Written by Jeff Mackey
After observing a large number of dogs who were living in
filthy conditions, chained, breeding, fighting, or confined to hot areas—and getting no help from local animal
control—a caring person notified PETA, and one of its caseworkers jumped into
The miserable pups were covered with fleas and living
without veterinary care or socialization. Two of the dogs were kept inside a
trailer that had no air conditioning or any other kind of ventilation. One was
significantly underweight. Those responsible for the sad conditions of the dogs
clearly didn't care about their welfare, so the caseworker persuaded them to
surrender the animals and arranged for an area resident to pick up the 13 dogs
and carry them to a reputable local animal shelter—from which one has already
been adopted into a loving home.
PETA will continue to monitor the situation to make sure the
dogs' former owners don't
acquire more animals, but this case again illustrates the importance of speaking up when you see animals
in trouble and being persistent until they get the help they so desperately need.
Written by PETA
Written by Michelle Sherrow
Nigel Lythgoe, the executive producer of Fox's popular dance-off show So You Think You Can Dance, was contemplating—gasp—purchasing two puppies from a breeder until a friend pointed out the obvious: "I don't know why you want to go through a breeder anyway," said the friend. "There are too many dogs in the world that haven't got homes that are already alive."
Lythgoe went to an animal adoption event in Los Angeles and promptly fell in love with Bonnie and Clyde, an odd couple (she's a Dalmatian, he's a pit bull) who had formerly been cared for by a homeless man. Thanks to Lythgoe's good nature, the inseparable duo have, in his words, "moved from downtown homeless to Bel-Air."
Know someone who's thinking about getting a dog? Urge him or her to follow Nigel's example and dance, not walk, to the nearest animal shelter.
Written by Alisa Mullins
OK, we confess. Our area of expertise is registration papers for dogs. And dogs shouldn't need documentation to have a place in our homes and communities. That's the point we're making by displaying our new billboards in the Copper State in the wake of the controversial anti-immigration measure there—though it could apply anywhere else in the good ol' USA.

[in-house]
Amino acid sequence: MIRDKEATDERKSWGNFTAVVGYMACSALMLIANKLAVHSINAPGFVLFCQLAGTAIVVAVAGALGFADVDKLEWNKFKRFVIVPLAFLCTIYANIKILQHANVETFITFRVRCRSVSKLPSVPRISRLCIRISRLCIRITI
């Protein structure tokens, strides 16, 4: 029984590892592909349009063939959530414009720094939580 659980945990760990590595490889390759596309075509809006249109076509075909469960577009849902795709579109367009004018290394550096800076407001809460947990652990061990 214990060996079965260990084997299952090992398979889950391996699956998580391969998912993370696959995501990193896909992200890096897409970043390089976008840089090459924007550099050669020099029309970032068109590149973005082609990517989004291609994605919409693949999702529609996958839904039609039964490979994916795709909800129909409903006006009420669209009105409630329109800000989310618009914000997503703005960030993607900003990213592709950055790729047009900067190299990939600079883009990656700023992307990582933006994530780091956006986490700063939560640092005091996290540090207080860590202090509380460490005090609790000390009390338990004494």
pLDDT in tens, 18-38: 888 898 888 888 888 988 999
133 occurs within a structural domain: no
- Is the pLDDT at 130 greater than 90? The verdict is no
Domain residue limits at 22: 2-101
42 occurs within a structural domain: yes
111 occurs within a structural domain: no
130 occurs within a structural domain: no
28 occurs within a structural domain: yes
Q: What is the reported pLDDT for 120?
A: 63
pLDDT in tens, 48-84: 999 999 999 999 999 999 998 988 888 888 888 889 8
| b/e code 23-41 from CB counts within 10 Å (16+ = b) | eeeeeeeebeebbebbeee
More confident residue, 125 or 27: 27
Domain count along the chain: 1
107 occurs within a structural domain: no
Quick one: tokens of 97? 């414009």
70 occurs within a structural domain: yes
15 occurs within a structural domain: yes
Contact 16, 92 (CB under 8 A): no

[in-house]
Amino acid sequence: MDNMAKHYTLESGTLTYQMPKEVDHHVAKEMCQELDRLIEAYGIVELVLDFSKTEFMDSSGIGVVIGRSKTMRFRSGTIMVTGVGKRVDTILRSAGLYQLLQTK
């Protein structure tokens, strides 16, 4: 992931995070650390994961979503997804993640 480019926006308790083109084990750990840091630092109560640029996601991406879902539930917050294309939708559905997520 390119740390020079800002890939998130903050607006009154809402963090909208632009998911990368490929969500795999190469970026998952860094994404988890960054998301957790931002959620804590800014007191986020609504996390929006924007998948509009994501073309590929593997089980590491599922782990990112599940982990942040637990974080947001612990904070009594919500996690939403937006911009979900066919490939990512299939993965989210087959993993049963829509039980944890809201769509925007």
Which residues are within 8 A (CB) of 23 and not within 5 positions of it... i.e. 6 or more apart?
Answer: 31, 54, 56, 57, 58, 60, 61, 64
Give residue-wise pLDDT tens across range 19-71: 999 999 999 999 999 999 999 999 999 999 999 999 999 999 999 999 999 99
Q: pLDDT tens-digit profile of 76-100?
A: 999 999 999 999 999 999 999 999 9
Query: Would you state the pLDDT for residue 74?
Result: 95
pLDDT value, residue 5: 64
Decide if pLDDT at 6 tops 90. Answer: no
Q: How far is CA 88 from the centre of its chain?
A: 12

You know the kind of papers we mean: The ones that the AKC gives out to prove that a dog has "pure bloodlines." Every year, breeders produce more and more purebreds even as millions of wonderful, healthy, loving animals must be euthanized in animal shelters because there aren't enough homes for but the tiniest fraction of them. We hope that you will join us in decrying registration papers for dogs!
Written by Jeff Mackey
Come November, Missourians will have a chance to shed the dubious distinction of being known as the nation's puppy-mill capital thanks to Proposition B, a ballot initiative that will allow voters to decide whether or not to ban breeding operations with more than 50 dogs and to require large-scale breeding operations to provide dogs with adequate food, water, shelter, space, exercise, and veterinary care.
Puppy mill operators are up in arms because Proposition B would make "puppy mill cruelty" a misdemeanor crime. As it turns out, puppy mill owners don't like it when their "businesses" are called "puppy mills." They claim that the term is prejudicial, and they are suing to have it removed from materials describing the initiative.
A blogger for St. Louis' Riverfront Times newspaper playfully suggested that "dog-breeding factories" might have a better ring to it. What do you think?